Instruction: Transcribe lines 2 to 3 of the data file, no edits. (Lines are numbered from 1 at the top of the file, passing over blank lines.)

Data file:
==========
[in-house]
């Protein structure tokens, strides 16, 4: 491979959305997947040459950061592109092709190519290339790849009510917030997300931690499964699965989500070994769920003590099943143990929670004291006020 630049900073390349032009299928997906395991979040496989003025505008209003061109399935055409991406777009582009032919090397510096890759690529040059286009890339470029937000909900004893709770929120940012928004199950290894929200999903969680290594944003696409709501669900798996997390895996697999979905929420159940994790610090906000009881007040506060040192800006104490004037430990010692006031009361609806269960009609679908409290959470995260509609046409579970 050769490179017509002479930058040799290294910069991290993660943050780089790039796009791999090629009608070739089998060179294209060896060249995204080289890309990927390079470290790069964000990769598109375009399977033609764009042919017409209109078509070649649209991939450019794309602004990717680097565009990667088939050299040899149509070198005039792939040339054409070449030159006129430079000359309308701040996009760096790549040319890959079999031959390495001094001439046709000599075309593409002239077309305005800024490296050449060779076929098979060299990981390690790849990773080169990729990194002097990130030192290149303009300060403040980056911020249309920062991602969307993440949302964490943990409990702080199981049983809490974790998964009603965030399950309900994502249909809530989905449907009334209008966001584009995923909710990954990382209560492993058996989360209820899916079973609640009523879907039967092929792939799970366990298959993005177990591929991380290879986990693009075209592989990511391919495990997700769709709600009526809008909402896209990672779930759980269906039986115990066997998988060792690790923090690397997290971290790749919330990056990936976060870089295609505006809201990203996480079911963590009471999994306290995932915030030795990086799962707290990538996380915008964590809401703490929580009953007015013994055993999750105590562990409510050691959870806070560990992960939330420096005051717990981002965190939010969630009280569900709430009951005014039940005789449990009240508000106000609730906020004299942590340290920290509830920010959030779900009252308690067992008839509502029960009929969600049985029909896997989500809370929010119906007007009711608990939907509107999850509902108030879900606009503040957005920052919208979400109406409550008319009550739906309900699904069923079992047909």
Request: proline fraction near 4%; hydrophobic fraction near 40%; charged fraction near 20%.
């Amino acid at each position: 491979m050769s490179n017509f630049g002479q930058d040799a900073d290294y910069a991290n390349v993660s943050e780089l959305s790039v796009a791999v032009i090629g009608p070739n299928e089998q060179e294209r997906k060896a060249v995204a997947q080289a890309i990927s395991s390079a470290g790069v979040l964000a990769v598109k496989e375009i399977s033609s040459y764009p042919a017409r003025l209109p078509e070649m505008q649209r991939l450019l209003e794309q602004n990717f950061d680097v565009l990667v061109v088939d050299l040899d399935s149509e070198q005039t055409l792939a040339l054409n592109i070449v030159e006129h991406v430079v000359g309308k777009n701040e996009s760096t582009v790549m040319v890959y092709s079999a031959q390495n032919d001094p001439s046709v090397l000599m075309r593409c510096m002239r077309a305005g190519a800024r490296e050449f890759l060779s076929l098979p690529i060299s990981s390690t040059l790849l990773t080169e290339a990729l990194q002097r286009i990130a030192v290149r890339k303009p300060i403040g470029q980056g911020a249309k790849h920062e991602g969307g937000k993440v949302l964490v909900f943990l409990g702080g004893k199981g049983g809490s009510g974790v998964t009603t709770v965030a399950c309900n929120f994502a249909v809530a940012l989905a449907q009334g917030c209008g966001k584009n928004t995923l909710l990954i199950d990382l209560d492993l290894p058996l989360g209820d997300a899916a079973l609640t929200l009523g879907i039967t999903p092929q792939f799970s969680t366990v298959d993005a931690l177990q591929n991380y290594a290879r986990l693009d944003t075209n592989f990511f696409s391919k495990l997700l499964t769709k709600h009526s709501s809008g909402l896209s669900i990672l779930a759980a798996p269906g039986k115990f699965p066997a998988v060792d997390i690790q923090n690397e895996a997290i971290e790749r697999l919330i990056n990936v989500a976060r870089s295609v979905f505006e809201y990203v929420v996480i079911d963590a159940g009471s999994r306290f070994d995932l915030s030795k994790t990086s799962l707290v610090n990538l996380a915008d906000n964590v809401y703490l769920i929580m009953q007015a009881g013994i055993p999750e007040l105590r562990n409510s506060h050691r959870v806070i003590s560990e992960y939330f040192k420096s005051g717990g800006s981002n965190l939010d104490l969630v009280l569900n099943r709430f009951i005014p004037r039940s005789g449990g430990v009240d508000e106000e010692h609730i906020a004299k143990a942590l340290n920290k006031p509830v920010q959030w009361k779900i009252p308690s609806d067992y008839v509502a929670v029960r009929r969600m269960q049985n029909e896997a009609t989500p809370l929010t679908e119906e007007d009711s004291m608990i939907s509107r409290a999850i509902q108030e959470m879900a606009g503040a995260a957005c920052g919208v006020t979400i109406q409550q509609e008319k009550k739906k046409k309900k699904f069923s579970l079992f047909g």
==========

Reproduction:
């Protein structure tokens, strides 16, 4: 491979959305997947040459950061592109092709190519290339790849009510917030997300931690499964699965989500070994769920003590099943143990929670004291006020 630049900073390349032009299928997906395991979040496989003025505008209003061109399935055409991406777009582009032919090397510096890759690529040059286009890339470029937000909900004893709770929120940012928004199950290894929200999903969680290594944003696409709501669900798996997390895996697999979905929420159940994790610090906000009881007040506060040192800006104490004037430990010692006031009361609806269960009609679908409290959470995260509609046409579970 050769490179017509002479930058040799290294910069991290993660943050780089790039796009791999090629009608070739089998060179294209060896060249995204080289890309990927390079470290790069964000990769598109375009399977033609764009042919017409209109078509070649649209991939450019794309602004990717680097565009990667088939050299040899149509070198005039792939040339054409070449030159006129430079000359309308701040996009760096790549040319890959079999031959390495001094001439046709000599075309593409002239077309305005800024490296050449060779076929098979060299990981390690790849990773080169990729990194002097990130030192290149303009300060403040980056911020249309920062991602969307993440949302964490943990409990702080199981049983809490974790998964009603965030399950309900994502249909809530989905449907009334209008966001584009995923909710990954990382209560492993058996989360209820899916079973609640009523879907039967092929792939799970366990298959993005177990591929991380290879986990693009075209592989990511391919495990997700769709709600009526809008909402896209990672779930759980269906039986115990066997998988060792690790923090690397997290971290790749919330990056990936976060870089295609505006809201990203996480079911963590009471999994306290995932915030030795990086799962707290990538996380915008964590809401703490929580009953007015013994055993999750105590562990409510050691959870806070560990992960939330420096005051717990981002965190939010969630009280569900709430009951005014039940005789449990009240508000106000609730906020004299942590340290920290509830920010959030779900009252308690067992008839509502029960009929969600049985029909896997989500809370929010119906007007009711608990939907509107999850509902108030879900606009503040957005920052919208979400109406409550008319009550739906309900699904069923079992047909």
Request: proline fraction near 4%; hydrophobic fraction near 40%; charged fraction near 20%.